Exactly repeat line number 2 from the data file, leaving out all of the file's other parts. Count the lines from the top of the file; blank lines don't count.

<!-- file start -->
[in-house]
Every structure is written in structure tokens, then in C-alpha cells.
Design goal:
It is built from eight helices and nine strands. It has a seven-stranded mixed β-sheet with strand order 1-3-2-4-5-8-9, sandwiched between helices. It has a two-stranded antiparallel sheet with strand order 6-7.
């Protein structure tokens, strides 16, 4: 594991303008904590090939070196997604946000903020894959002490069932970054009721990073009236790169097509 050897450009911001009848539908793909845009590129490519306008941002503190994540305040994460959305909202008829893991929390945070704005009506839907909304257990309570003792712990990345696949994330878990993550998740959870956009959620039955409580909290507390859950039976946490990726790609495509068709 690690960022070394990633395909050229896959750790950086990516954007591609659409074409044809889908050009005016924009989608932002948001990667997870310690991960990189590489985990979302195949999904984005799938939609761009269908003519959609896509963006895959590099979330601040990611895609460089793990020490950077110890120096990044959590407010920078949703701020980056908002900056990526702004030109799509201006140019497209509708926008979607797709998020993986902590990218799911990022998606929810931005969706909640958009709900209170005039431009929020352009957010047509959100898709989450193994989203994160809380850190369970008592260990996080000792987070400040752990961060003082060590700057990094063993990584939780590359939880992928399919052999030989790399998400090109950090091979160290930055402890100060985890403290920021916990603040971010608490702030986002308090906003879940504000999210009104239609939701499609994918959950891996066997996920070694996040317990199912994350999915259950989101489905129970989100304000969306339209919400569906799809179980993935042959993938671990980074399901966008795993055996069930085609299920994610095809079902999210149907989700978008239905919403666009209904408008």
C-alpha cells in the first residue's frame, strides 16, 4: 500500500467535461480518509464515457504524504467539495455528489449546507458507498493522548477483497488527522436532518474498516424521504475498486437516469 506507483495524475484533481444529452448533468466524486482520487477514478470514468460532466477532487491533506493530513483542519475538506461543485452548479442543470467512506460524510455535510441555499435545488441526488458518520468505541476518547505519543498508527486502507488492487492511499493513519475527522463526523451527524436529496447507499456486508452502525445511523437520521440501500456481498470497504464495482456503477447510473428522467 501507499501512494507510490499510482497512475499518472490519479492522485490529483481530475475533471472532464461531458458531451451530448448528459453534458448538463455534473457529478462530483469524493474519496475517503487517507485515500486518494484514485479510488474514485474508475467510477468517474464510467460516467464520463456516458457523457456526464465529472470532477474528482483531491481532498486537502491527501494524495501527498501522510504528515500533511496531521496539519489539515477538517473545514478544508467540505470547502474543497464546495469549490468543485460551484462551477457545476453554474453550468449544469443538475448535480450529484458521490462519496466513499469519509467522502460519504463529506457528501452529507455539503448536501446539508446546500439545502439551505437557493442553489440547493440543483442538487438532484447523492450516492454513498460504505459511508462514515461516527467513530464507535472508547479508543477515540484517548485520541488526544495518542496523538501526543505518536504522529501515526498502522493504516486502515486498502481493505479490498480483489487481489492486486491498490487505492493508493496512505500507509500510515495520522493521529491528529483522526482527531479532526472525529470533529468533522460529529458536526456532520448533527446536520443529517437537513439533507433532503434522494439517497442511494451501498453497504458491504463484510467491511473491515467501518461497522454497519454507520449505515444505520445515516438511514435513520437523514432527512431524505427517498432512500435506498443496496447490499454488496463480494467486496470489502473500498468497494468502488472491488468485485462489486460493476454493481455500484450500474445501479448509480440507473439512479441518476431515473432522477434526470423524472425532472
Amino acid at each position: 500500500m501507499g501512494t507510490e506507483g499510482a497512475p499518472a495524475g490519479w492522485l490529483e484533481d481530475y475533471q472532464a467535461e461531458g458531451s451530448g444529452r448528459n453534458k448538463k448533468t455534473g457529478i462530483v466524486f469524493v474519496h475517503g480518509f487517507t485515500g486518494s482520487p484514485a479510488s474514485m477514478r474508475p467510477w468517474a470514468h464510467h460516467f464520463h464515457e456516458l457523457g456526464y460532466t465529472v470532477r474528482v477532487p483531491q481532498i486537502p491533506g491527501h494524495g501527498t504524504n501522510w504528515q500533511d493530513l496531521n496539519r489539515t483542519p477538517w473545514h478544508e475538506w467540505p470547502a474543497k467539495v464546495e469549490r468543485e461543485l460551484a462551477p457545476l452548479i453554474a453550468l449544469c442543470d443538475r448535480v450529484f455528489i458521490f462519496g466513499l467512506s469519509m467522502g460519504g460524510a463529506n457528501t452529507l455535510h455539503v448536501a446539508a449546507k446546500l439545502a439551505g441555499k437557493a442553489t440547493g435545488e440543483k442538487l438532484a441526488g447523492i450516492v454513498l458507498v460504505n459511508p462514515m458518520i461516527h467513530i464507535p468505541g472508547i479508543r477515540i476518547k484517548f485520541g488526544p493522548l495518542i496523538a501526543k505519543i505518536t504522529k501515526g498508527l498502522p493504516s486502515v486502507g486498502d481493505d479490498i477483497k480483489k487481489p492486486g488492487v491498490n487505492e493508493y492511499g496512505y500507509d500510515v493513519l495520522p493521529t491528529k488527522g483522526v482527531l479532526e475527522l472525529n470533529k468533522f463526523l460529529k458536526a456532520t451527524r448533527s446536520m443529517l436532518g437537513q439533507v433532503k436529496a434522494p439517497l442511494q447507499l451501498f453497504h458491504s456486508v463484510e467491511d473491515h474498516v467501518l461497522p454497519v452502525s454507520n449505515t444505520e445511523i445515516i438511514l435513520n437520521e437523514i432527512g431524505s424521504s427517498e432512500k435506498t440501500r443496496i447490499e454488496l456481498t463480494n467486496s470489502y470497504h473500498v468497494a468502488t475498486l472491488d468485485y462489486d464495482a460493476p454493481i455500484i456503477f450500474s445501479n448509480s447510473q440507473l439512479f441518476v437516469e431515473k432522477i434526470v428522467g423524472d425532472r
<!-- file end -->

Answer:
Every structure is written in structure tokens, then in C-alpha cells.